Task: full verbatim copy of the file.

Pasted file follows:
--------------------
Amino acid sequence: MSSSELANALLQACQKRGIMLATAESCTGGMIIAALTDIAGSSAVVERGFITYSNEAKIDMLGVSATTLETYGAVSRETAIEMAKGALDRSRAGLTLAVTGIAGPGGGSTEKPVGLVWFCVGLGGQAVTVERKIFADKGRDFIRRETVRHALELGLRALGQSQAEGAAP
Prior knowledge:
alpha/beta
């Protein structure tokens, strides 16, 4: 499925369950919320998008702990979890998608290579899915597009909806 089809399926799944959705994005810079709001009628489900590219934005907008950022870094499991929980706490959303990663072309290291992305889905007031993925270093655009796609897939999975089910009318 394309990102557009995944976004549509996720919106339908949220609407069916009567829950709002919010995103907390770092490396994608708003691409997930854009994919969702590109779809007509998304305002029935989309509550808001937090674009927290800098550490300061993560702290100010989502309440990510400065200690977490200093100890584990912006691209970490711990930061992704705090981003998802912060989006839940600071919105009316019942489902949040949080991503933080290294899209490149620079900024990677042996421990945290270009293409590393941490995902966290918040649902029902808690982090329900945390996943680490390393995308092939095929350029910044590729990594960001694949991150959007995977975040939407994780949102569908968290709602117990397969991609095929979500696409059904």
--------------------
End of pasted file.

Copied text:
Amino acid sequence: MSSSELANALLQACQKRGIMLATAESCTGGMIIAALTDIAGSSAVVERGFITYSNEAKIDMLGVSATTLETYGAVSRETAIEMAKGALDRSRAGLTLAVTGIAGPGGGSTEKPVGLVWFCVGLGGQAVTVERKIFADKGRDFIRRETVRHALELGLRALGQSQAEGAAP
Prior knowledge:
alpha/beta
């Protein structure tokens, strides 16, 4: 499925369950919320998008702990979890998608290579899915597009909806 089809399926799944959705994005810079709001009628489900590219934005907008950022870094499991929980706490959303990663072309290291992305889905007031993925270093655009796609897939999975089910009318 394309990102557009995944976004549509996720919106339908949220609407069916009567829950709002919010995103907390770092490396994608708003691409997930854009994919969702590109779809007509998304305002029935989309509550808001937090674009927290800098550490300061993560702290100010989502309440990510400065200690977490200093100890584990912006691209970490711990930061992704705090981003998802912060989006839940600071919105009316019942489902949040949080991503933080290294899209490149620079900024990677042996421990945290270009293409590393941490995902966290918040649902029902808690982090329900945390996943680490390393995308092939095929350029910044590729990594960001694949991150959007995977975040939407994780949102569908968290709602117990397969991609095929979500696409059904």